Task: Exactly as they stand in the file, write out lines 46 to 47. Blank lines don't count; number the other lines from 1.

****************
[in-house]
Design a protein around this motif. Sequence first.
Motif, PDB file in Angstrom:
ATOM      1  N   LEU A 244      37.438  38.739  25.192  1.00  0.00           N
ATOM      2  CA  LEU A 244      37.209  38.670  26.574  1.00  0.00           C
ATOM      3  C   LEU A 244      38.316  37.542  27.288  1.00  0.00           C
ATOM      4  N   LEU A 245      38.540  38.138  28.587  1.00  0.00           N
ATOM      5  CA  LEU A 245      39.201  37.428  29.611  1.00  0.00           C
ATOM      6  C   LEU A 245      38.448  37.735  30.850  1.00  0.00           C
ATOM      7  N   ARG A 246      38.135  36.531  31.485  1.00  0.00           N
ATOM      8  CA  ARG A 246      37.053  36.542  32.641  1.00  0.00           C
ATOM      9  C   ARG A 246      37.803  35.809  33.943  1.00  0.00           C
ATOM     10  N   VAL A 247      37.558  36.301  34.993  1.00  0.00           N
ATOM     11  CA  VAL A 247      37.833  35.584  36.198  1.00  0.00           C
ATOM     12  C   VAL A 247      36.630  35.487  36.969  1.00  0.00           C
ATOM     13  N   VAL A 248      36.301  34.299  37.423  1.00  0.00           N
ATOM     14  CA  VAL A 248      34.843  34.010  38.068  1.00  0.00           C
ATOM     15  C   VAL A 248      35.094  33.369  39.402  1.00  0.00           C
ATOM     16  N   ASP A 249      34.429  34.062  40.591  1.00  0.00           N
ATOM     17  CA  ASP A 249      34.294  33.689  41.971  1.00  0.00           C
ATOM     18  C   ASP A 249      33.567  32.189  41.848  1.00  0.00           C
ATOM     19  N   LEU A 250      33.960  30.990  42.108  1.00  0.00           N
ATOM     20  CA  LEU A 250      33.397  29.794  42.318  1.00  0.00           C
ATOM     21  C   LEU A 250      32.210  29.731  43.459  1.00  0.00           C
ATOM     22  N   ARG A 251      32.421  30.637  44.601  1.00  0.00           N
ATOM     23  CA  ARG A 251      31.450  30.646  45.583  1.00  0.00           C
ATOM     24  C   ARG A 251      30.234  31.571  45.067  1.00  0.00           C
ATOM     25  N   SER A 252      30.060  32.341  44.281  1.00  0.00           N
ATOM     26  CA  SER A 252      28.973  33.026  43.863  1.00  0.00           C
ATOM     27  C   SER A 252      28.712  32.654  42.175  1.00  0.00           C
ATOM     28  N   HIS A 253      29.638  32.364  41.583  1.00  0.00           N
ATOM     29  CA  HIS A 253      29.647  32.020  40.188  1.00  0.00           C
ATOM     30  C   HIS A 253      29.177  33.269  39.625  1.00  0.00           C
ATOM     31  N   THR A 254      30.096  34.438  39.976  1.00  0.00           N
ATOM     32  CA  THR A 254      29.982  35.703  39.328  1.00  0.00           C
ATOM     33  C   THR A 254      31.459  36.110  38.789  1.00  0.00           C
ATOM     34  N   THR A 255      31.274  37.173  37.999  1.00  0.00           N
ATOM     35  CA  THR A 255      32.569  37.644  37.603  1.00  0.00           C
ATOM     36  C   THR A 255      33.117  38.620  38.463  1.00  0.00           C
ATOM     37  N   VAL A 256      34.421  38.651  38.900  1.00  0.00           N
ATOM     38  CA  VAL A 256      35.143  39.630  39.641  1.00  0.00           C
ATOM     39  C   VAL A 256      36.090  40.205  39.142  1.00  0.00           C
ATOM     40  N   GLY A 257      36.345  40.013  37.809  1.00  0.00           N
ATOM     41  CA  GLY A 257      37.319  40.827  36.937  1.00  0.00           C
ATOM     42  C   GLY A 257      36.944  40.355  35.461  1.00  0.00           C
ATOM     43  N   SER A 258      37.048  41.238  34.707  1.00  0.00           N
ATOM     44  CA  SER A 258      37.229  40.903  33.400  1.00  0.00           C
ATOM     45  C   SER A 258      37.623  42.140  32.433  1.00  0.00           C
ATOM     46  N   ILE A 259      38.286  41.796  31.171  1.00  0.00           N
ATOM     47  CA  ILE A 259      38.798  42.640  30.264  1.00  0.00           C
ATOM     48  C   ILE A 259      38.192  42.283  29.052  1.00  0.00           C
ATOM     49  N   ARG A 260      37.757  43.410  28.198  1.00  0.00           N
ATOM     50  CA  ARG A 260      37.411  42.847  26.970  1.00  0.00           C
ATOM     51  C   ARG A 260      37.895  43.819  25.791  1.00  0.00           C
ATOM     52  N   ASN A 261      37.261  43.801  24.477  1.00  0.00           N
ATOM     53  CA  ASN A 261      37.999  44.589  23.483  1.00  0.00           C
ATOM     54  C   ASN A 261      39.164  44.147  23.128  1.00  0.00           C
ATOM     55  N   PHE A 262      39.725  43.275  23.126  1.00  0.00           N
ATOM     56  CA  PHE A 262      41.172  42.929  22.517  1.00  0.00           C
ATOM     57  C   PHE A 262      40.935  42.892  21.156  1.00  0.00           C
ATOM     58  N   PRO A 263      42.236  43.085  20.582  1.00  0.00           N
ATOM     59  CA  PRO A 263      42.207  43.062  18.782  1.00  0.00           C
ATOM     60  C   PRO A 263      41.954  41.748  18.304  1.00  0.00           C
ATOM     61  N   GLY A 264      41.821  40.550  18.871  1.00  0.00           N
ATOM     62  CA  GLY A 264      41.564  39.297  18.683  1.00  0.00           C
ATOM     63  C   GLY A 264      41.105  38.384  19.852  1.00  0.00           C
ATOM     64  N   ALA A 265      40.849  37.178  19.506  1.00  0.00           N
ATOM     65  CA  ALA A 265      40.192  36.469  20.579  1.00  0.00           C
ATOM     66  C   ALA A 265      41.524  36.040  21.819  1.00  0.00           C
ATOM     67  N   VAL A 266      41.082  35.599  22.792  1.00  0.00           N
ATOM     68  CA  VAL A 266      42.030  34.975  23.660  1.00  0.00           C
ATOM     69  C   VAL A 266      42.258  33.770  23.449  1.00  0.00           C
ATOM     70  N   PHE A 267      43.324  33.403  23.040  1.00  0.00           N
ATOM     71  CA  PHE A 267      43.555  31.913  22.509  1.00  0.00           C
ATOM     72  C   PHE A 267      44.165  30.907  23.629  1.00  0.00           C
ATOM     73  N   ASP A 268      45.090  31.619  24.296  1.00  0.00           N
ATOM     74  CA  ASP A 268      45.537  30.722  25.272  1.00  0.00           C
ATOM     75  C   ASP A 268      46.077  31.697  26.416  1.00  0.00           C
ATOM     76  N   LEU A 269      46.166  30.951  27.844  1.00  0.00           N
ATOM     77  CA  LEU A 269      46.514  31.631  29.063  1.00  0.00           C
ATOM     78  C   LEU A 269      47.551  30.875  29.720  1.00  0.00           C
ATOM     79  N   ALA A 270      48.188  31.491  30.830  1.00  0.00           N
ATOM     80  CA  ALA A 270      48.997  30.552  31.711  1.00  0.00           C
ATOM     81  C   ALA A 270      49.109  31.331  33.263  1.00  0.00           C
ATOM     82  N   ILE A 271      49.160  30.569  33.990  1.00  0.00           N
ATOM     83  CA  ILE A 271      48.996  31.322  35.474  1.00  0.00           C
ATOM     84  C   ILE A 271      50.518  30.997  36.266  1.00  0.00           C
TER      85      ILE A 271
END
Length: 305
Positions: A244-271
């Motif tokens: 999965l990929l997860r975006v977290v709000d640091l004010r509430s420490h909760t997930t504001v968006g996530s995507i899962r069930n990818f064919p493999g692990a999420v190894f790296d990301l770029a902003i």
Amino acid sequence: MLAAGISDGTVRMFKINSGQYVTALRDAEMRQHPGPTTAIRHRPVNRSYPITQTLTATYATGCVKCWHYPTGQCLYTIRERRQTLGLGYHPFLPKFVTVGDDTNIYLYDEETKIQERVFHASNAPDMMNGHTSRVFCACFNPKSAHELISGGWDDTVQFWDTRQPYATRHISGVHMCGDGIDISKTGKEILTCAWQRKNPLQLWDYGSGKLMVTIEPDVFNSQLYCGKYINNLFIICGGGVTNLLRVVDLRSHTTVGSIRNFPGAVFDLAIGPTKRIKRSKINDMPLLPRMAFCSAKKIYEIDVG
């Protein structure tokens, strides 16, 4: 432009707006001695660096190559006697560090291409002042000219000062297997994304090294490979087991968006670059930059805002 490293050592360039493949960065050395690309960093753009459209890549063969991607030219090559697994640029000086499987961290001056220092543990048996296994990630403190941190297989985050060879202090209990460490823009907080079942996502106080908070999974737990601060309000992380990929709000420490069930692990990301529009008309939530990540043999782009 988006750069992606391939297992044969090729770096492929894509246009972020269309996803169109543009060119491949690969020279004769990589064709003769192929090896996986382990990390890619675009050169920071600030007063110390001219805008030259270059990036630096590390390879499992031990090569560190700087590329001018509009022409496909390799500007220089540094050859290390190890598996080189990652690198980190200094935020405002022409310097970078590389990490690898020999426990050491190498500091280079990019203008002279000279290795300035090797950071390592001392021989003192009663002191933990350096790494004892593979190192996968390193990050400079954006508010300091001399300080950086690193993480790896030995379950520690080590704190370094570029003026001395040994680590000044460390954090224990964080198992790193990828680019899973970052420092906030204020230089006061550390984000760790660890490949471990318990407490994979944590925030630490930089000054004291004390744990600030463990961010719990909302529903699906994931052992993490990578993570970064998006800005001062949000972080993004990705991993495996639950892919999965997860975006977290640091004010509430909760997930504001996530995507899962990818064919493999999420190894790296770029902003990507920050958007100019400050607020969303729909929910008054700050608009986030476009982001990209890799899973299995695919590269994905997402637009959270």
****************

ATOM     43  N   SER A 258      37.048  41.238  34.707  1.00  0.00           N
ATOM     44  CA  SER A 258      37.229  40.903  33.400  1.00  0.00           C